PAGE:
• Anonymous

    Just shows, Google Chrome is to the Browser World like the iPhone is to the Smartphone World!

  • Anonymous

    Speed is always good, decreased memory footprint is always good. Chrome…phht. I only use these other browsers for testing. I would never browse a second on my leisure time with Chrome. Since Google had to retract their “oops” from the EULA about owning everything on your computer, everything that you will ever you see, touch, hear or smell, taking your first-born child, stealing your WiFi information, etc. I will never use a Google product. Hell even their search is becoming crap, its like going to your mailbox and getting a box full of advertising you have to toss in the garbage. One has to go 20 pages deep to find relevance anymore…”do no evil” my ass.

  • scasmflop

    A lot of these comments and suggestions counter each other. For example, you can’t have process isolation per tab and a smaller footprint. As a web developer I do use chrome quite a bit but haven’t made the full switch away from firefox because I don’t feel it is any faster. I think a lot of people are getting caught up in the hoopla that firefox is a dog because they are judging firefox + some poorly designed extensions vs google chrome clean. Looking at firefox with just firebug, pagespeed and a handful of other extensions with multiple tabs open my performance is right on par with chrome with the same pages opened. Taking a look at the footprint, firefox is much smaller in memory usage (mostly due to the trade off of isolation vs shared as mentioned above). My main motivation in dealing with Chrome is that it is the browser that most closely represents what is going on in the growing mobile world. It’s built on the same technology that the modern smart phones (iphone, ipad, android-based phones, soon to be blackberry if they can ever get their webkit browser upgrade live) are on so I can do a lot of testing on it to get a good idea of what those browsers might be capable of.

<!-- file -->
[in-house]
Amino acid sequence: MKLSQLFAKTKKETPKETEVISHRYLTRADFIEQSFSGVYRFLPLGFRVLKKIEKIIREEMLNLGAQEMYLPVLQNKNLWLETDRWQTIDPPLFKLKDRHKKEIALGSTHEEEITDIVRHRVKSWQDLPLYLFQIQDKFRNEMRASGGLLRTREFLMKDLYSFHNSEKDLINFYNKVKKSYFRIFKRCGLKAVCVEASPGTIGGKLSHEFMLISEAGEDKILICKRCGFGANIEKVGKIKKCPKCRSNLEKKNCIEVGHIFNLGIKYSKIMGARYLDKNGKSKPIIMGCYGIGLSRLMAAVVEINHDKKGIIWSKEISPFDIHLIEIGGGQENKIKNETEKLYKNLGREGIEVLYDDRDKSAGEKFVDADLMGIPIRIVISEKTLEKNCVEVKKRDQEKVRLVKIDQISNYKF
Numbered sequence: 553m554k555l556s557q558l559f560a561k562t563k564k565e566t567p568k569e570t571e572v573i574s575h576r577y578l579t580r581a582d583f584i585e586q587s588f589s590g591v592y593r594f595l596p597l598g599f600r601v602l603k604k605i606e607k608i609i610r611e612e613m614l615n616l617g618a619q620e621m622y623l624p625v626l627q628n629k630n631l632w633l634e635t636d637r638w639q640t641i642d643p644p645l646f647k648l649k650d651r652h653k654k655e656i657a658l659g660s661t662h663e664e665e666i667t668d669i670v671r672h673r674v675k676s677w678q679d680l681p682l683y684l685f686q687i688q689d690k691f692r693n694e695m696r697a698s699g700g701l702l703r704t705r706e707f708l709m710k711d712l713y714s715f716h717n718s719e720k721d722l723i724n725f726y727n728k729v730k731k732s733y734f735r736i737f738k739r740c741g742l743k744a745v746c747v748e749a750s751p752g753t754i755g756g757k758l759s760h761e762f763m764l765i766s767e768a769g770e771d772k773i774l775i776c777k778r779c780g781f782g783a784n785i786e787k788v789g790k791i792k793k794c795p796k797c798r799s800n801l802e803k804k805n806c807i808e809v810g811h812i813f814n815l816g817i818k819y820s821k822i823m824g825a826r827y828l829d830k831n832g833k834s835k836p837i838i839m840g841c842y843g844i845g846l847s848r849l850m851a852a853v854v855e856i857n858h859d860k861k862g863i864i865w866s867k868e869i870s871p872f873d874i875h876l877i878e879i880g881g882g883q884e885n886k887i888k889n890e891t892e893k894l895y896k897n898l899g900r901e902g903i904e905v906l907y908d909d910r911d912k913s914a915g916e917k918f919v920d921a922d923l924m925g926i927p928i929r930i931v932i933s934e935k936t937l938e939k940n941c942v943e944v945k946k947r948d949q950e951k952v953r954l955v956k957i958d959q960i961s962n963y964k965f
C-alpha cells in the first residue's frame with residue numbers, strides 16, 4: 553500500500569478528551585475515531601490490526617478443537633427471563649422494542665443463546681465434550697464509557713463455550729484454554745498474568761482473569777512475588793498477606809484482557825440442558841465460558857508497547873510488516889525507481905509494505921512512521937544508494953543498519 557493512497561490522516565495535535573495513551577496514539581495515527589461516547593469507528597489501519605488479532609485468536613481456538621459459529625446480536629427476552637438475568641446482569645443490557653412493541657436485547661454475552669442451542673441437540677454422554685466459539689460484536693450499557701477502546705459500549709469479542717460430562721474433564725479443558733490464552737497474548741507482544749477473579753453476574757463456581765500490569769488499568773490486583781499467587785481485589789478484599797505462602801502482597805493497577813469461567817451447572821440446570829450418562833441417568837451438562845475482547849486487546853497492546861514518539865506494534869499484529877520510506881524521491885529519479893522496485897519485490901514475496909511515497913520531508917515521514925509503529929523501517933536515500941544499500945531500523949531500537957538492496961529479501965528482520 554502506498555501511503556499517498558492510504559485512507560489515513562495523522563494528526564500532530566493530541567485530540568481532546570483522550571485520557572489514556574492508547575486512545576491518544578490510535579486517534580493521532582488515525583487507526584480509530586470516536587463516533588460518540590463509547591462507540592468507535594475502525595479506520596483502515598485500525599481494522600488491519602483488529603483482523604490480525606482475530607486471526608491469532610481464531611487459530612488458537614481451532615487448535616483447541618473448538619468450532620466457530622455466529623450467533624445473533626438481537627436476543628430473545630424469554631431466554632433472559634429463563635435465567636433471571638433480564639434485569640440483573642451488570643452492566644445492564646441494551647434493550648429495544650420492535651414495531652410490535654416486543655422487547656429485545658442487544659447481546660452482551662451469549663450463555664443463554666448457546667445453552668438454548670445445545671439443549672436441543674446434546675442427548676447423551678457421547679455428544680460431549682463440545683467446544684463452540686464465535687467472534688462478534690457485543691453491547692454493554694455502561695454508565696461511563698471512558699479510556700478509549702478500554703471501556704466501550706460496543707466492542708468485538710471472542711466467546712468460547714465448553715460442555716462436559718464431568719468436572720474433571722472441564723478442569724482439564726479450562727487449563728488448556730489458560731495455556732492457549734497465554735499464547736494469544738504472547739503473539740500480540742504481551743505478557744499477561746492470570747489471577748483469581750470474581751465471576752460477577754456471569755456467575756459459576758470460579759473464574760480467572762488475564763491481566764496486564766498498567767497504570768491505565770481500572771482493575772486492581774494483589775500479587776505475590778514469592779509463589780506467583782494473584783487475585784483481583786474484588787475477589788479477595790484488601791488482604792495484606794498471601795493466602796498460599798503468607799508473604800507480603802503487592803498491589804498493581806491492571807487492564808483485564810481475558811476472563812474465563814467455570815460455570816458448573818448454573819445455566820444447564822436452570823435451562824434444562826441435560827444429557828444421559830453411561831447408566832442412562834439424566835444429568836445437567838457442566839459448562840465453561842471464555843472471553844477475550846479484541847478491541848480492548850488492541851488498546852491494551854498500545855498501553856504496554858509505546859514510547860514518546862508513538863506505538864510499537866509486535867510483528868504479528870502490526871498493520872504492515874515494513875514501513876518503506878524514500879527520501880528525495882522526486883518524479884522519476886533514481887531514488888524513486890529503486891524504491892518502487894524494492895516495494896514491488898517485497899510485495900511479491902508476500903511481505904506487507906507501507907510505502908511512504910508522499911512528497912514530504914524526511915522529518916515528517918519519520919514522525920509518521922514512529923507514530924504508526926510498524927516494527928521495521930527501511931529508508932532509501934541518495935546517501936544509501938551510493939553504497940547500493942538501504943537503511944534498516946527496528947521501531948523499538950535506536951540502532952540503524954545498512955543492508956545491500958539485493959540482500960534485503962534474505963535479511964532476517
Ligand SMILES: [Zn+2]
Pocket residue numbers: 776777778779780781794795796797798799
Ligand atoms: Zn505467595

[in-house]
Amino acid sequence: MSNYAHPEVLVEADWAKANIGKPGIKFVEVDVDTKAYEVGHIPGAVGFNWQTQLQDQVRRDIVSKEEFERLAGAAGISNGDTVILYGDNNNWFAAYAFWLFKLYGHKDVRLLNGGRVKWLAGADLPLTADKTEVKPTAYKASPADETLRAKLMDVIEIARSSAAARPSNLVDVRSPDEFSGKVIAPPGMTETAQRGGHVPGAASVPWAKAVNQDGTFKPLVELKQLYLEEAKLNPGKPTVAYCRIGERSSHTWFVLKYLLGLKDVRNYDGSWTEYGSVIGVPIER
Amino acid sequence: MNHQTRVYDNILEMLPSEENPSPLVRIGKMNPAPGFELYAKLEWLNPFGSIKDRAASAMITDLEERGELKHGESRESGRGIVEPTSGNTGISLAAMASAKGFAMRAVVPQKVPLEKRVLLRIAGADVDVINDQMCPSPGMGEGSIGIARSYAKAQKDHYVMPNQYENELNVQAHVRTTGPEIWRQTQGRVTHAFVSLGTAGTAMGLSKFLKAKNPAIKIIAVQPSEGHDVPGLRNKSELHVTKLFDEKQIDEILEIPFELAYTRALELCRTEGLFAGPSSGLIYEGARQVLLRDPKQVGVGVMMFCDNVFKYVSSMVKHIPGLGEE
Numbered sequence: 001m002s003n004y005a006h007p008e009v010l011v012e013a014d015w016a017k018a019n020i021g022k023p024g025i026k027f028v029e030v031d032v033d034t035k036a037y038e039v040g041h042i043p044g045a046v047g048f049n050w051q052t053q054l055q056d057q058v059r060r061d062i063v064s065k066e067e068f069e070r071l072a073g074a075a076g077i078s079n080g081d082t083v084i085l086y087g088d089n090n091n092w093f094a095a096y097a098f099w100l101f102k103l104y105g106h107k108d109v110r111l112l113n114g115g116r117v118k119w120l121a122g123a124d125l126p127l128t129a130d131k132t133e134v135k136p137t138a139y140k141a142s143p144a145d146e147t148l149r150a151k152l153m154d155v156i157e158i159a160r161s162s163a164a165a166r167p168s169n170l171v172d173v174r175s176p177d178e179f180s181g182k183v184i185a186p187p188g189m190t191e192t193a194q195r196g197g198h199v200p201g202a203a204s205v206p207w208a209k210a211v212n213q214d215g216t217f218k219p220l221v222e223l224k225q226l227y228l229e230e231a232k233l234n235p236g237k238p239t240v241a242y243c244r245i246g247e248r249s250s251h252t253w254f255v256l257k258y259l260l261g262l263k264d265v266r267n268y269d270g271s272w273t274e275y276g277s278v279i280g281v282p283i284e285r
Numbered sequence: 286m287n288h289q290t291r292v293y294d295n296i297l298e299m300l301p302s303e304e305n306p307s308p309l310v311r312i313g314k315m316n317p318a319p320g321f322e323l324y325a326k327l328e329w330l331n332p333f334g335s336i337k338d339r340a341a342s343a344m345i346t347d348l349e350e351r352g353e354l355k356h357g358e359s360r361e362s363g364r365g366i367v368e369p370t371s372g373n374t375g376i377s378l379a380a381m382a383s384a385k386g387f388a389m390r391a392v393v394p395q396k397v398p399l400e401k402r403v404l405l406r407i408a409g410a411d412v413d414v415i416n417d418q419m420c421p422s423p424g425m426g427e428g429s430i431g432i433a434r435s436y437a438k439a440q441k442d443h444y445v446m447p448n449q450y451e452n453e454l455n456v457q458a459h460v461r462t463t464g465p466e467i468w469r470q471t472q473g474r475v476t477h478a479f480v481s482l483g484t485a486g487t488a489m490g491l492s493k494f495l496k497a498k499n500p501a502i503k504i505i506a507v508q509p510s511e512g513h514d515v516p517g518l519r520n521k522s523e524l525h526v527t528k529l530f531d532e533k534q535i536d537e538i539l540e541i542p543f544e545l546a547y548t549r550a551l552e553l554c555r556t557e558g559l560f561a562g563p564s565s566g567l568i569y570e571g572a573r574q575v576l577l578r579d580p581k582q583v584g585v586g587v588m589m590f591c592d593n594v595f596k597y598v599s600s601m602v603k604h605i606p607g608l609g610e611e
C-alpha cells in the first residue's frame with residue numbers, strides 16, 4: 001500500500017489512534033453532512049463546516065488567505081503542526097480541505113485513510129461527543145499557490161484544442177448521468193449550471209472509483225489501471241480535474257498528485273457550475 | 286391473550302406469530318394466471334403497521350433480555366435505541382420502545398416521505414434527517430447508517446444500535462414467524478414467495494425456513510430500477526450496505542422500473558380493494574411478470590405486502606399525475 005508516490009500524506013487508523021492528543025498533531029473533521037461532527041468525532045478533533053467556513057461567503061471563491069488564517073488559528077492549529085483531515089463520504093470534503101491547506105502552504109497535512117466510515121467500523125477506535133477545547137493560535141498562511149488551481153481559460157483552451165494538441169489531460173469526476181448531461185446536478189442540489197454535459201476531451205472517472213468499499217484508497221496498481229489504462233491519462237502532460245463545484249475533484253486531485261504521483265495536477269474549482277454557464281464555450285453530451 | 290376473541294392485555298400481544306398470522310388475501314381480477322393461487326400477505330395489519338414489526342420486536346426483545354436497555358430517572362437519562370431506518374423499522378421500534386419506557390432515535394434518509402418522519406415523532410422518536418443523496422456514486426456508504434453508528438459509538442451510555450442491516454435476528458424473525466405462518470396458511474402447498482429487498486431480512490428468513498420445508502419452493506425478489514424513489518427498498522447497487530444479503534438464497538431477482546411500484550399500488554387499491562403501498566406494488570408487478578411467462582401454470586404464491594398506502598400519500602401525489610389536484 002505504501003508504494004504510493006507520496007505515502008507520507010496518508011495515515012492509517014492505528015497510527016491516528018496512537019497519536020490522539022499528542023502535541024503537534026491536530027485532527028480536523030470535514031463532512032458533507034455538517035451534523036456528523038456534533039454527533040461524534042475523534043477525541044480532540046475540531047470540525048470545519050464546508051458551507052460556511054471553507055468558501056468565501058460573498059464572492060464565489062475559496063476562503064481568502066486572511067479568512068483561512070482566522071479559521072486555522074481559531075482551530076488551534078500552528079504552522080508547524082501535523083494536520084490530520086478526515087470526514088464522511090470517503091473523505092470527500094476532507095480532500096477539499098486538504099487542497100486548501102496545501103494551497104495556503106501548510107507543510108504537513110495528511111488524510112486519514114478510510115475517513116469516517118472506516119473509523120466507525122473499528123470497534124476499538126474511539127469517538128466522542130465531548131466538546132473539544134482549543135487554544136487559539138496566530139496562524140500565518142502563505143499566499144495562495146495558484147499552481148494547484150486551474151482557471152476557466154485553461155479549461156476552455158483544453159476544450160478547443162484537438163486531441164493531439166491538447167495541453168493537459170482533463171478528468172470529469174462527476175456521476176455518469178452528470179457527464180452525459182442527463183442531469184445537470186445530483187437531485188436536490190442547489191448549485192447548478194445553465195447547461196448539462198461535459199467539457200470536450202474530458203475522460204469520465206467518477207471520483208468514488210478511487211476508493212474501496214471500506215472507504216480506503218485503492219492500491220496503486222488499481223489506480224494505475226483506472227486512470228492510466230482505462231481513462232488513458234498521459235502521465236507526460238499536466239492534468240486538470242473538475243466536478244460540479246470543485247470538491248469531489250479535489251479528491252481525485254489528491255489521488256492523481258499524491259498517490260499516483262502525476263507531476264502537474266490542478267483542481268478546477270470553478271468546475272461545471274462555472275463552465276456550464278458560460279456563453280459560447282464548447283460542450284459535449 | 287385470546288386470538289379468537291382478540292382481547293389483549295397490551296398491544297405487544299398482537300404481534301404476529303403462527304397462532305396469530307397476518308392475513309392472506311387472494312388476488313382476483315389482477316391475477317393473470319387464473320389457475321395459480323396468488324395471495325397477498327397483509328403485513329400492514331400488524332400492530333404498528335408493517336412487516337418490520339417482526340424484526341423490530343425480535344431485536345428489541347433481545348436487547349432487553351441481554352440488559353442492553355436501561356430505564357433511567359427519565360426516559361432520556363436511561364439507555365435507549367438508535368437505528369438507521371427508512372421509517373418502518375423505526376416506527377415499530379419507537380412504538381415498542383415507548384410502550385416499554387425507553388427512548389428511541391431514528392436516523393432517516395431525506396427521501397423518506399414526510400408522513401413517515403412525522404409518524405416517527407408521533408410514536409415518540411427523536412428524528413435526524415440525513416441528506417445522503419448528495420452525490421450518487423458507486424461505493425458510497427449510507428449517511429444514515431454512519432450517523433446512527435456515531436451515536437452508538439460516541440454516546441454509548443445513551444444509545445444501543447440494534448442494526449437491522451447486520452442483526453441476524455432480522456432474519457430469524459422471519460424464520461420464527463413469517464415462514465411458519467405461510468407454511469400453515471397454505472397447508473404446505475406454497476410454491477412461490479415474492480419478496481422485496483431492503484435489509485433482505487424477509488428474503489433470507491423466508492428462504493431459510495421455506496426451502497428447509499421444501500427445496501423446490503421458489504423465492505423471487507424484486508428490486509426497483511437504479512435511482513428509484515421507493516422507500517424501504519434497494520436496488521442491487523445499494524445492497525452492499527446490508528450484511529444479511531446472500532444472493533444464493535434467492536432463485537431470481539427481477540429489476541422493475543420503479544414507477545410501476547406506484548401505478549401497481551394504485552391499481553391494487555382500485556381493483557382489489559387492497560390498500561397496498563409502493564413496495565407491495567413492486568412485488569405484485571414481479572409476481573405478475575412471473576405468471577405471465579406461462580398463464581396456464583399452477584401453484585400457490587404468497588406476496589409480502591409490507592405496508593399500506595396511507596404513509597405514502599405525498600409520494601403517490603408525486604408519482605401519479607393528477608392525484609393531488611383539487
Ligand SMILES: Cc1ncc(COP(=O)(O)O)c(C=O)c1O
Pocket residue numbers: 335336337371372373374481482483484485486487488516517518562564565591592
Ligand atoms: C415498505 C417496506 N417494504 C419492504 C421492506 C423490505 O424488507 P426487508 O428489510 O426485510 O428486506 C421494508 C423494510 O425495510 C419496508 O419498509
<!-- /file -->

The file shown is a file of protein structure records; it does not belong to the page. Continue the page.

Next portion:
• stetro

    It looks like Chrome. Interesting article ! Thanks !

  • succhan

    Can’t login so I will do this anon.

    I have mostly switched to Chrome for the following reasons. It renders as good in most cases as FF and because I don’t have the need to install all my dev tools on this browser as well it loads and responds fast.

    So to the question what would I like after a speed increase?
    1. I love the undo feature in Opera, you can even re-instate tabs you closed

    2. Ability to load and disable plugins (possibly in groups) without a restart. I have a lot of tools I use but not regularly in FF, I would love to load FF without them in general (for speed) and when I need them turn a whole bunch on. How often do I need sqlite manager? Not often enough.

    I don’t find the UI gets in the way